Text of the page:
Open access
Research Article
1 April 1996

The Agricultural Health Study.

Publication: Environmental Health Perspectives
Volume 104, Issue 4
Pages 362 - 369

Abstract

The Agricultural Health Study, a large prospective cohort study has been initiated in North Carolina and Iowa. The objectives of this study are to: 1) identify and quantify cancer risks among men, women, whites, and minorities associated with direct exposure to pesticides and other agricultural agents; 2) evaluate noncancer health risks including neurotoxicity reproductive effects, immunologic effects, nonmalignant respiratory disease, kidney disease, and growth and development among children; 3) evaluate disease risks among spouses and children of farmers that may arise from direct contact with pesticides and agricultural chemicals used in the home lawns and gardens, and from indirect contact, such as spray drift, laundering work clothes, or contaminated food or water; 4) assess current and past occupational and nonoccupational agricultural exposures using periodic interviews and environmental and biologic monitoring; 5) study the relationship between agricultural exposures, biomarkers of exposure, biologic effect, and genetic susceptibility factors relevant to carcinogenesis; and 6) identify and quantify cancer and other disease risks associated with lifestyle factors such as diet, cooking practices, physical activity, smoking and alcohol consumption, and hair dye use. In the first year of a 3-year enrollment period, 26,235 people have been enrolled in the study, including 19,776 registered pesticide applicators and 6,459 spouses of registered farmer applicators. It is estimated that when the total cohort is assembled in 1997 it will include approximately 75,000 adult study subjects. Farmers, the largest group of registered pesticide applicators comprise 77% of the target population enrolled in the study. This experience compares favorably with enrollment rates of previous prospective studies.

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Information & Authors

Information

Published In

Environmental Health Perspectives
Volume 104Issue 4April 1996
Pages: 362 - 369
PubMed: 8732939

History

Published online: 1 April 1996

Authors

Affiliations

M C Alavanja
Division of Cancer Epidemiology and Genetics, National Cancer Institute, Bethesda, MD 20892, USA.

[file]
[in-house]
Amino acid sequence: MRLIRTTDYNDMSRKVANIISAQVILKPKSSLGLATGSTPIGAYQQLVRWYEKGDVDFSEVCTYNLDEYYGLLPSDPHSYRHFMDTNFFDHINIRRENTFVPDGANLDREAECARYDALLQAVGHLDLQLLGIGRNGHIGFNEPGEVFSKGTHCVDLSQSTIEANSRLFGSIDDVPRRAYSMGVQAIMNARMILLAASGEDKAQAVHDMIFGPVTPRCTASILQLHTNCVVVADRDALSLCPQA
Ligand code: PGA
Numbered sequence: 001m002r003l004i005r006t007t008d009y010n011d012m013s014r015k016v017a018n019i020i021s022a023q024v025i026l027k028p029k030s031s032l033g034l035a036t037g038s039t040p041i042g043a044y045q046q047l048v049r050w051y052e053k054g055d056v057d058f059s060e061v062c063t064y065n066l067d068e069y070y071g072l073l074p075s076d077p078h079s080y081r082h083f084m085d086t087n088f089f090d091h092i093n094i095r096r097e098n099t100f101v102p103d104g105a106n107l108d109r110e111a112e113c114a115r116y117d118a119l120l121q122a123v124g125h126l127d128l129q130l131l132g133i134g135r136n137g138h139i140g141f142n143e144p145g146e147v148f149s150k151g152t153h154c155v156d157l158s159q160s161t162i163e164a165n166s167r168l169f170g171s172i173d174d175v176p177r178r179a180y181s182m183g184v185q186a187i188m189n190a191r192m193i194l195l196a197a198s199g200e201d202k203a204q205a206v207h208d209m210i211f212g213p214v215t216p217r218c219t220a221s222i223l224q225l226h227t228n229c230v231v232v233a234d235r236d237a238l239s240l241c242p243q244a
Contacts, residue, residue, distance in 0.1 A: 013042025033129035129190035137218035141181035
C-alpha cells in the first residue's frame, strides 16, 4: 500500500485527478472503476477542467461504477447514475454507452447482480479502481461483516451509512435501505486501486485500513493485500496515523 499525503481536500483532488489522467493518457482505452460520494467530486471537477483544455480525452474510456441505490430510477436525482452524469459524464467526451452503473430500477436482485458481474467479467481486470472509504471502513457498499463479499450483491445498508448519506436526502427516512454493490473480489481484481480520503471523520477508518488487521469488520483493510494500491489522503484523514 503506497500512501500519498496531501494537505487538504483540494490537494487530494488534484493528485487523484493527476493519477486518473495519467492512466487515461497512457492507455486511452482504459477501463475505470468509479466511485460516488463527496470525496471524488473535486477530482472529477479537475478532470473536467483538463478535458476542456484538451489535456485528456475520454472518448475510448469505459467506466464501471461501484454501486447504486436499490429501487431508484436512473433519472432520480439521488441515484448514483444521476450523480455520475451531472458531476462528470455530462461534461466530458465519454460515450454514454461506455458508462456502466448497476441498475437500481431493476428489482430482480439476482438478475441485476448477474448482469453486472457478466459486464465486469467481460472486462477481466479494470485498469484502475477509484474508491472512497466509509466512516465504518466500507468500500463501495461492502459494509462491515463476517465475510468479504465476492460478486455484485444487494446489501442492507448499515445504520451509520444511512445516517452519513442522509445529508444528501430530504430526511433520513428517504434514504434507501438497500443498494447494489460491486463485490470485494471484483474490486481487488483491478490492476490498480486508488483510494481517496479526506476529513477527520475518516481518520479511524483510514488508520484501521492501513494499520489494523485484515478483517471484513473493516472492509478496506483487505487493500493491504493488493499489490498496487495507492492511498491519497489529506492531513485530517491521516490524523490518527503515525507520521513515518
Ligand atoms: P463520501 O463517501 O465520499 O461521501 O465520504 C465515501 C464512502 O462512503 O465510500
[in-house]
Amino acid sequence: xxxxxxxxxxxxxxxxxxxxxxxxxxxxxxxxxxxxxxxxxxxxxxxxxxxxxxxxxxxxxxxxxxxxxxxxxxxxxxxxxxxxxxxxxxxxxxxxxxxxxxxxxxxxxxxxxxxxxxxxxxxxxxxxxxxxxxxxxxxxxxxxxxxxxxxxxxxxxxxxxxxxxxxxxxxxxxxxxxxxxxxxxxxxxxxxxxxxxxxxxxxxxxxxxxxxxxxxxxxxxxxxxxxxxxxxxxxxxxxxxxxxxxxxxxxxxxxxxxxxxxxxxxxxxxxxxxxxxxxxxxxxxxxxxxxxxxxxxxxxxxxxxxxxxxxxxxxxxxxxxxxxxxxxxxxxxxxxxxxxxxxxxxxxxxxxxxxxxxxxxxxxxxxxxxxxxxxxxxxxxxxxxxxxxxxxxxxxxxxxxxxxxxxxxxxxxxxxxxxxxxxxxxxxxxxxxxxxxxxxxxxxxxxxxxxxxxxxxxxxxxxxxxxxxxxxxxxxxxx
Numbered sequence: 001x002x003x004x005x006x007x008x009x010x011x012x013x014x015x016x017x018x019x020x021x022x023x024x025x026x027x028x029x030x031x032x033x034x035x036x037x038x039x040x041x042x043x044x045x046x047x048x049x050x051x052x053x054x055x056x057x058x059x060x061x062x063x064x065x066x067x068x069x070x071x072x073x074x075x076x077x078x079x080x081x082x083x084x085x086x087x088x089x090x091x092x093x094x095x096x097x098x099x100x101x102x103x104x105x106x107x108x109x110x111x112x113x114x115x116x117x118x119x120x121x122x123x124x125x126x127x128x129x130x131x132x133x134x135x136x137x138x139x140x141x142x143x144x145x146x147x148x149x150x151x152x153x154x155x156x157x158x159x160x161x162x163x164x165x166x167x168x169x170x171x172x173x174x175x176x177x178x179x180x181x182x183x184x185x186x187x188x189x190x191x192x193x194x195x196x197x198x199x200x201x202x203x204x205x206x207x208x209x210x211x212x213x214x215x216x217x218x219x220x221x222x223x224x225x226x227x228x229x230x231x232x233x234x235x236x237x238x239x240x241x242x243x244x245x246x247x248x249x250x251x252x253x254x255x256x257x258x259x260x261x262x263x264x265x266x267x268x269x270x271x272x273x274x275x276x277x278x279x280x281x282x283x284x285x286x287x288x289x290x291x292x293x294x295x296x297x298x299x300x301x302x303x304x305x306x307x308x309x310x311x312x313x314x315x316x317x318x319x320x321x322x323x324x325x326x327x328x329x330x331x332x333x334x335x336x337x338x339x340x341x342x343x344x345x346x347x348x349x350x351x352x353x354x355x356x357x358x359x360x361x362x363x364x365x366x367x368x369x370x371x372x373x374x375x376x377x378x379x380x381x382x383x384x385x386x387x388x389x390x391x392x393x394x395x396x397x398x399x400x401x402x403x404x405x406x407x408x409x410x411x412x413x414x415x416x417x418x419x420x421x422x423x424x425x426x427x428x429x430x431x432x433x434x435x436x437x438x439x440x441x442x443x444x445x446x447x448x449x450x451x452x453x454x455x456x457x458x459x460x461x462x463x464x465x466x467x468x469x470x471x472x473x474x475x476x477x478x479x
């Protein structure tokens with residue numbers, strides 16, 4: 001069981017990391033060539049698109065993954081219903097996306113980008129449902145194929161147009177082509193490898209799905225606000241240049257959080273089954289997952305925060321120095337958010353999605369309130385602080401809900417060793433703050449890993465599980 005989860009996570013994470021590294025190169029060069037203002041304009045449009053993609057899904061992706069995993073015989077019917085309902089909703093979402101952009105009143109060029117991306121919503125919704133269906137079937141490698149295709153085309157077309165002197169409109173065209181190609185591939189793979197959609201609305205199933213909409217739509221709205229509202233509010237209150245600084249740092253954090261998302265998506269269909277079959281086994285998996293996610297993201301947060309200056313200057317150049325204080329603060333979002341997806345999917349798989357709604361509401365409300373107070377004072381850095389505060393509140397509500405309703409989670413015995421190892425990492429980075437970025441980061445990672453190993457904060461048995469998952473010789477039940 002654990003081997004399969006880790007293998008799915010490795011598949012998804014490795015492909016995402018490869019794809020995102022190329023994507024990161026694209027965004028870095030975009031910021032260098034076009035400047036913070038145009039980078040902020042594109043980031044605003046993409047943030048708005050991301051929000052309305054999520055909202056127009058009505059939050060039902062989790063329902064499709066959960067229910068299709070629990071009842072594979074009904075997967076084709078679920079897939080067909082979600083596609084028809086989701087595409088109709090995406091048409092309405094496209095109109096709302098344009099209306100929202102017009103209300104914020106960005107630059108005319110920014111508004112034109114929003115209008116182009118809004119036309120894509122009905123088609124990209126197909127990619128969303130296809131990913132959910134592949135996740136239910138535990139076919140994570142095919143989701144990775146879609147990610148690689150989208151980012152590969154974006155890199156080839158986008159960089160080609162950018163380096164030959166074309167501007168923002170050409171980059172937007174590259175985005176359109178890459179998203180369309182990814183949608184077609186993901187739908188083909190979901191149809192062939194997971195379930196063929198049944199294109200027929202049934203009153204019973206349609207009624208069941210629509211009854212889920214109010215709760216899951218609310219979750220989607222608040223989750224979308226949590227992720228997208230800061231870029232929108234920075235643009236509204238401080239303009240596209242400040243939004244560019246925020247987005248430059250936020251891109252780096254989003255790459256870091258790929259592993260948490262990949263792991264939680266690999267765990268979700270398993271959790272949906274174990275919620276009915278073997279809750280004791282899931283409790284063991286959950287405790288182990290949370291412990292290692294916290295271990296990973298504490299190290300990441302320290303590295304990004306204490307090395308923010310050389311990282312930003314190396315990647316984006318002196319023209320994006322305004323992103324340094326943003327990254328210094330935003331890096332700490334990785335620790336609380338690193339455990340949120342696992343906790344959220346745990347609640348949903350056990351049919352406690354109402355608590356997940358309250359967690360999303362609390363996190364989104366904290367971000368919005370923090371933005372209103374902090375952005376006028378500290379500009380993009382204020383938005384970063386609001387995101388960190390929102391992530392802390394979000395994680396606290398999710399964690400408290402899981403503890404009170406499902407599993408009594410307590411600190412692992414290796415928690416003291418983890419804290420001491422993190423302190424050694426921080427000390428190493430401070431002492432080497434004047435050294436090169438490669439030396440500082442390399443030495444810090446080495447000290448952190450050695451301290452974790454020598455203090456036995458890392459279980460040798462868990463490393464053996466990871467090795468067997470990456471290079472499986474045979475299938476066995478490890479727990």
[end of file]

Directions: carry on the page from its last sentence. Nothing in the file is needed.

D P Sandler
Division of Cancer Epidemiology and Genetics, National Cancer Institute, Bethesda, MD 20892, USA.
S B McMaster
Division of Cancer Epidemiology and Genetics, National Cancer Institute, Bethesda, MD 20892, USA.
S H Zahm
Division of Cancer Epidemiology and Genetics, National Cancer Institute, Bethesda, MD 20892, USA.
C J McDonnell
Division of Cancer Epidemiology and Genetics, National Cancer Institute, Bethesda, MD 20892, USA.
C F Lynch
Division of Cancer Epidemiology and Genetics, National Cancer Institute, Bethesda, MD 20892, USA.
M Pennybacker
Division of Cancer Epidemiology and Genetics, National Cancer Institute, Bethesda, MD 20892, USA.
N Rothman
Division of Cancer Epidemiology and Genetics, National Cancer Institute, Bethesda, MD 20892, USA.
M Dosemeci
Division of Cancer Epidemiology and Genetics, National Cancer Institute, Bethesda, MD 20892, USA.
A E Bond
Division of Cancer Epidemiology and Genetics, National Cancer Institute, Bethesda, MD 20892, USA.
A Blair
Division of Cancer Epidemiology and Genetics, National Cancer Institute, Bethesda, MD 20892, USA.

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Cited by

  • An Updated Evaluation of Atrazine-Cancer Incidence Associations among Pesticide Applicators in the Agricultural Health Study Cohort, Environmental Health Perspectives, 10.1289/EHP13684, 132, 2, (2024).
  • Ingested nitrate and nitrite and end-stage renal disease in licensed pesticide applicators and spouses in the Agricultural Health Study, Journal of Exposure Science & Environmental Epidemiology, 10.1038/s41370-023-00625-y, (2024).
  • Pesticide use and inflammatory bowel disease in licensed pesticide applicators and spouses in the Agricultural Health Study, Environmental Research, 10.1016/j.envres.2024.118464, 249, (118464), (2024).
  • Occupational farm work activities influence workers’ indoor home microbiome, Environmental Research, 10.1016/j.envres.2023.117819, 243, (117819), (2024).
  • Comprehensive evaluation of smoking exposures and their interactions on DNA methylation, eBioMedicine, 10.1016/j.ebiom.2023.104956, 100, (104956), (2024).
  • Metagenomics reveals novel microbial signatures of farm exposures in house dust, Frontiers in Microbiology, 10.3389/fmicb.2023.1202194, 14, (2023).
  • Glyphosate Use and Mosaic Loss of Chromosome Y among Male Farmers in the Agricultural Health Study, Environmental Health Perspectives, 10.1289/EHP12834, 131, 12, (2023).
  • Human exposure to pesticides and thyroid cancer: a worldwide systematic review of the literatures, Thyroid Research, 10.1186/s13044-023-00153-9, 16, 1, (2023).
  • Using a smartphone application to capture daily work activities: a longitudinal pilot study in a farming population, Annals of Work Exposures and Health, 10.1093/annweh/wxad034, 67, 7, (895-906), (2023).
  • Analysis of mitochondrial DNA copy number variation in Brazilian farmers occupationally exposed to pesticides, International Journal of Environmental Health Research, 10.1080/09603123.2023.2280147, (1-10), (2023).
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